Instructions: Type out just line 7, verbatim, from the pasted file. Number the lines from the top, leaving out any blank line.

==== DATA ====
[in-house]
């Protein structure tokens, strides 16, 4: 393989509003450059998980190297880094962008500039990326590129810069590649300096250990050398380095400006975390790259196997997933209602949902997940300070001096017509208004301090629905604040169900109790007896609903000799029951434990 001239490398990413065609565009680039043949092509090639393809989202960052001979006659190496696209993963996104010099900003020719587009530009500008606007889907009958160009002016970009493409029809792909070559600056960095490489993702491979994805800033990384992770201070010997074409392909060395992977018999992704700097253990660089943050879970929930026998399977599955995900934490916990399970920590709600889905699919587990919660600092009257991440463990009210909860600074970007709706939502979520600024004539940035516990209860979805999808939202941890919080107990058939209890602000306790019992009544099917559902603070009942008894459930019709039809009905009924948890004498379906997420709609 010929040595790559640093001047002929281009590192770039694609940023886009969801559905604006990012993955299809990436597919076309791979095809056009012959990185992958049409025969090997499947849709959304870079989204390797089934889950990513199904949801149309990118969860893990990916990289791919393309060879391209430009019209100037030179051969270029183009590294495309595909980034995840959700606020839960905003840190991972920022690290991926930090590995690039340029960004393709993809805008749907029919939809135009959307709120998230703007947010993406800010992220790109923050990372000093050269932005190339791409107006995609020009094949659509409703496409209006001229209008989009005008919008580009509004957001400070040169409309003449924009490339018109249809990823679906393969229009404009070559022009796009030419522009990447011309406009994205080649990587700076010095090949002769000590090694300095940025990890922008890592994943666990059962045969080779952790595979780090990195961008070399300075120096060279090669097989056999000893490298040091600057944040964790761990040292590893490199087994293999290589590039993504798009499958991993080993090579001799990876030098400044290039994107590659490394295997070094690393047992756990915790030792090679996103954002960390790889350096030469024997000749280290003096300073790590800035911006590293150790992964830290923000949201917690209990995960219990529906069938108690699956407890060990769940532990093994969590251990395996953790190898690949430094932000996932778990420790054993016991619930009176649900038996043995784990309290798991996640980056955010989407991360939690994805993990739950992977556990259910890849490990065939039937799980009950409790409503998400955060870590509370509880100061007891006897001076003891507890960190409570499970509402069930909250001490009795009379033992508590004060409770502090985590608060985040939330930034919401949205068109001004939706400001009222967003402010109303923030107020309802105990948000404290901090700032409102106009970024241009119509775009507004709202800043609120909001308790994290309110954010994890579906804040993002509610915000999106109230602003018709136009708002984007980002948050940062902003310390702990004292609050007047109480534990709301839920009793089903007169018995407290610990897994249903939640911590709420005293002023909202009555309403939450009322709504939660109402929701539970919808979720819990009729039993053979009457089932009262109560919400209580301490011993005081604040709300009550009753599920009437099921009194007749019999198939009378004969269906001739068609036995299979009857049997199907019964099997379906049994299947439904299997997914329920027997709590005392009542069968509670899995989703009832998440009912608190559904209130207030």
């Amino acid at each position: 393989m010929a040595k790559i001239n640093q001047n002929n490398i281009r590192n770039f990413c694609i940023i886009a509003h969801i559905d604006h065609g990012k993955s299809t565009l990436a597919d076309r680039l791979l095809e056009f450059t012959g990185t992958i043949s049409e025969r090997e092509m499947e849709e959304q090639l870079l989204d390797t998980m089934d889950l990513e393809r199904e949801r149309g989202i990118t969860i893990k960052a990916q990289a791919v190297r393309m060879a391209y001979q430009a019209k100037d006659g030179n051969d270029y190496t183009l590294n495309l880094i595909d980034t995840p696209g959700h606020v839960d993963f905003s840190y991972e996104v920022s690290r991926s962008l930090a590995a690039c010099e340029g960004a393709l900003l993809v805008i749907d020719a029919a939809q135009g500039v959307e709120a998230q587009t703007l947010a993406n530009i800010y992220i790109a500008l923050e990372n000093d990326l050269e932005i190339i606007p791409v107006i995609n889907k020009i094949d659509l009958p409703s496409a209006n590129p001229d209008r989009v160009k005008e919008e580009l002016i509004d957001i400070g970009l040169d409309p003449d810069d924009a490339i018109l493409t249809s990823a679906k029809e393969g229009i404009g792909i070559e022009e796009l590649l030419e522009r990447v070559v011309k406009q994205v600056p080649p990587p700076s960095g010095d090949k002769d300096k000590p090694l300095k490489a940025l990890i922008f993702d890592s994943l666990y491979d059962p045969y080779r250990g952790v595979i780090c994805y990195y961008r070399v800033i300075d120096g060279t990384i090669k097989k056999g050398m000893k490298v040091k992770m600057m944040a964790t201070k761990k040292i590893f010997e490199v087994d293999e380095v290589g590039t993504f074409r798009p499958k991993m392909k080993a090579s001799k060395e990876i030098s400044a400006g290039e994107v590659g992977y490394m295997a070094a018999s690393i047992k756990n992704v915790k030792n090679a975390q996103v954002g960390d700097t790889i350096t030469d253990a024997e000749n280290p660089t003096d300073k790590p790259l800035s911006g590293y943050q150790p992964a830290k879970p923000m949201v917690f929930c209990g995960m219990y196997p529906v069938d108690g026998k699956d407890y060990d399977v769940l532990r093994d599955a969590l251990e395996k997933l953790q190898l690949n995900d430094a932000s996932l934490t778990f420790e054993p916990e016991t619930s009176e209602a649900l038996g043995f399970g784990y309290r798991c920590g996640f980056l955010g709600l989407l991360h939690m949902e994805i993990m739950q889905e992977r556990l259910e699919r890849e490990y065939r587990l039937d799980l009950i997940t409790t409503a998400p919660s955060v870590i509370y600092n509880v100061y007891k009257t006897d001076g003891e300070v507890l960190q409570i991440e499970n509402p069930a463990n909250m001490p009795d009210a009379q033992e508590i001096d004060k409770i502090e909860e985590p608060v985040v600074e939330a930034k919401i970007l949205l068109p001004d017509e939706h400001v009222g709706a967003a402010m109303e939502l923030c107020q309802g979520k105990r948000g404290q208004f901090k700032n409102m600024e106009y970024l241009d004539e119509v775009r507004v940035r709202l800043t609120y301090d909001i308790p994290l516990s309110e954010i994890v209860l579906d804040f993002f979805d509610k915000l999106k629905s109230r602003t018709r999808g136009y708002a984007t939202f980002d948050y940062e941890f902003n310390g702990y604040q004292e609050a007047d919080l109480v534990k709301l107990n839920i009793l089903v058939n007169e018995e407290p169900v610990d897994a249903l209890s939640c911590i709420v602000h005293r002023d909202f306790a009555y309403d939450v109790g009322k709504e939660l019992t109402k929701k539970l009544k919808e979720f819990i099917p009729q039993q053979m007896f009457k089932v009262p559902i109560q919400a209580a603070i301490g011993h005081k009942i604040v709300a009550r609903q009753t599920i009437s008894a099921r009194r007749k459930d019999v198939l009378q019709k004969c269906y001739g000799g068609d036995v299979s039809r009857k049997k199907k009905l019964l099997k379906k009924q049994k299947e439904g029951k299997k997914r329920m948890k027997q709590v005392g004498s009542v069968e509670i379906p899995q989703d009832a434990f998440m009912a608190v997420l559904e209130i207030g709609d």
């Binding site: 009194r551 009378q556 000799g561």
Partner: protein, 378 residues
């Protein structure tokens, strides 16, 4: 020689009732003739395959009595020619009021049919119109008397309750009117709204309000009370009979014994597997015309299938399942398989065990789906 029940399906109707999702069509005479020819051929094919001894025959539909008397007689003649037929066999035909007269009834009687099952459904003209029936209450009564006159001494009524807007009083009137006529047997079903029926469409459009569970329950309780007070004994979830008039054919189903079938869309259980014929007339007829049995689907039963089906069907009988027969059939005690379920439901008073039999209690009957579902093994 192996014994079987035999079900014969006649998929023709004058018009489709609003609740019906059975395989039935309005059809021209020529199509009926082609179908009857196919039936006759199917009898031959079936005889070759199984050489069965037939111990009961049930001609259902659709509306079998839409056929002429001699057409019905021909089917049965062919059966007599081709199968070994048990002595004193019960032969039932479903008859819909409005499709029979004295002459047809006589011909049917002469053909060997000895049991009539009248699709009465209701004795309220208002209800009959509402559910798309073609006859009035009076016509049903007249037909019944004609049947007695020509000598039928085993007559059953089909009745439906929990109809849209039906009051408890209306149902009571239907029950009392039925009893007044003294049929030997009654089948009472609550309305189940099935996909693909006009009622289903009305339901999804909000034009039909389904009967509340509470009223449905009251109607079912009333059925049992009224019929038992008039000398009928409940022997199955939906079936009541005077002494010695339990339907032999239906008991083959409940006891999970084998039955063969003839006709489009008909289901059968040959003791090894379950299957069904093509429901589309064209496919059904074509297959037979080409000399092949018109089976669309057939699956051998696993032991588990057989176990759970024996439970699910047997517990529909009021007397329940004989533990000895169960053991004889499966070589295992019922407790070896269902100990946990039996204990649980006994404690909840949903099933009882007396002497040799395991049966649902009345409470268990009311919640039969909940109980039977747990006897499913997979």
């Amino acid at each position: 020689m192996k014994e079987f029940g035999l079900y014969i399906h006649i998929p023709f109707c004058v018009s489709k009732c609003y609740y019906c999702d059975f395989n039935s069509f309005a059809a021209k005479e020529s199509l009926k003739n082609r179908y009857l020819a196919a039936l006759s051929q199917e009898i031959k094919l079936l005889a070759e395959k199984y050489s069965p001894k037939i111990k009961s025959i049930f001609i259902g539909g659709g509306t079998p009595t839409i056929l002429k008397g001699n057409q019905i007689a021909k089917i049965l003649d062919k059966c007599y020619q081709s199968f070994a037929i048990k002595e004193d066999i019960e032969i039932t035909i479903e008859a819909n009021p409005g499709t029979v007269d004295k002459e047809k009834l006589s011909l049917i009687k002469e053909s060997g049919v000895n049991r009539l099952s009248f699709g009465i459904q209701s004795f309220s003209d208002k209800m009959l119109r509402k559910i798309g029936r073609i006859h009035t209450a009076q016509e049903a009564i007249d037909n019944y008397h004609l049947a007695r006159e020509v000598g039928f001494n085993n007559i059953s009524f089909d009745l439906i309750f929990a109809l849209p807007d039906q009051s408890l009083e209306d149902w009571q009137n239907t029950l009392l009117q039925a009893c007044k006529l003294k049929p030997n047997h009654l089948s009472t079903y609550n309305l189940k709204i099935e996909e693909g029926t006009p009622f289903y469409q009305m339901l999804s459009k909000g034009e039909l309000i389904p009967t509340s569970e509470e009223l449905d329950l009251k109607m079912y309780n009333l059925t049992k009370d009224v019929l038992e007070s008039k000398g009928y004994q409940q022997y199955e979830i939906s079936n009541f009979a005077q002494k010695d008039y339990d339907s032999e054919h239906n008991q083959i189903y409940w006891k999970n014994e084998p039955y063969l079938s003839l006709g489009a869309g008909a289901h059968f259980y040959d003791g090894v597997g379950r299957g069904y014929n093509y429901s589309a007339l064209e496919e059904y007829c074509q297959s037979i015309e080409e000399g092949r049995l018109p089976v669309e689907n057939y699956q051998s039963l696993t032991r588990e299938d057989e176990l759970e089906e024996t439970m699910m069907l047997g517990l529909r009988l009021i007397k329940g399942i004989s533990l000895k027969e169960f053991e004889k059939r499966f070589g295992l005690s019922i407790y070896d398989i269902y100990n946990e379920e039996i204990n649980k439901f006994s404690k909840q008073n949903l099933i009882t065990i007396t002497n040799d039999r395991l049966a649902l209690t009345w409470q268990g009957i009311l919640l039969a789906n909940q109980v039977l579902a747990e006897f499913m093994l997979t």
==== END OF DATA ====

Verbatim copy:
């Amino acid at each position: 020689m192996k014994e079987f029940g035999l079900y014969i399906h006649i998929p023709f109707c004058v018009s489709k009732c609003y609740y019906c999702d059975f395989n039935s069509f309005a059809a021209k005479e020529s199509l009926k003739n082609r179908y009857l020819a196919a039936l006759s051929q199917e009898i031959k094919l079936l005889a070759e395959k199984y050489s069965p001894k037939i111990k009961s025959i049930f001609i259902g539909g659709g509306t079998p009595t839409i056929l002429k008397g001699n057409q019905i007689a021909k089917i049965l003649d062919k059966c007599y020619q081709s199968f070994a037929i048990k002595e004193d066999i019960e032969i039932t035909i479903e008859a819909n009021p409005g499709t029979v007269d004295k002459e047809k009834l006589s011909l049917i009687k002469e053909s060997g049919v000895n049991r009539l099952s009248f699709g009465i459904q209701s004795f309220s003209d208002k209800m009959l119109r509402k559910i798309g029936r073609i006859h009035t209450a009076q016509e049903a009564i007249d037909n019944y008397h004609l049947a007695r006159e020509v000598g039928f001494n085993n007559i059953s009524f089909d009745l439906i309750f929990a109809l849209p807007d039906q009051s408890l009083e209306d149902w009571q009137n239907t029950l009392l009117q039925a009893c007044k006529l003294k049929p030997n047997h009654l089948s009472t079903y609550n309305l189940k709204i099935e996909e693909g029926t006009p009622f289903y469409q009305m339901l999804s459009k909000g034009e039909l309000i389904p009967t509340s569970e509470e009223l449905d329950l009251k109607m079912y309780n009333l059925t049992k009370d009224v019929l038992e007070s008039k000398g009928y004994q409940q022997y199955e979830i939906s079936n009541f009979a005077q002494k010695d008039y339990d339907s032999e054919h239906n008991q083959i189903y409940w006891k999970n014994e084998p039955y063969l079938s003839l006709g489009a869309g008909a289901h059968f259980y040959d003791g090894v597997g379950r299957g069904y014929n093509y429901s589309a007339l064209e496919e059904y007829c074509q297959s037979i015309e080409e000399g092949r049995l018109p089976v669309e689907n057939y699956q051998s039963l696993t032991r588990e299938d057989e176990l759970e089906e024996t439970m699910m069907l047997g517990l529909r009988l009021i007397k329940g399942i004989s533990l000895k027969e169960f053991e004889k059939r499966f070589g295992l005690s019922i407790y070896d398989i269902y100990n946990e379920e039996i204990n649980k439901f006994s404690k909840q008073n949903l099933i009882t065990i007396t002497n040799d039999r395991l049966a649902l209690t009345w409470q268990g009957i009311l919640l039969a789906n909940q109980v039977l579902a747990e006897f499913m093994l997979t």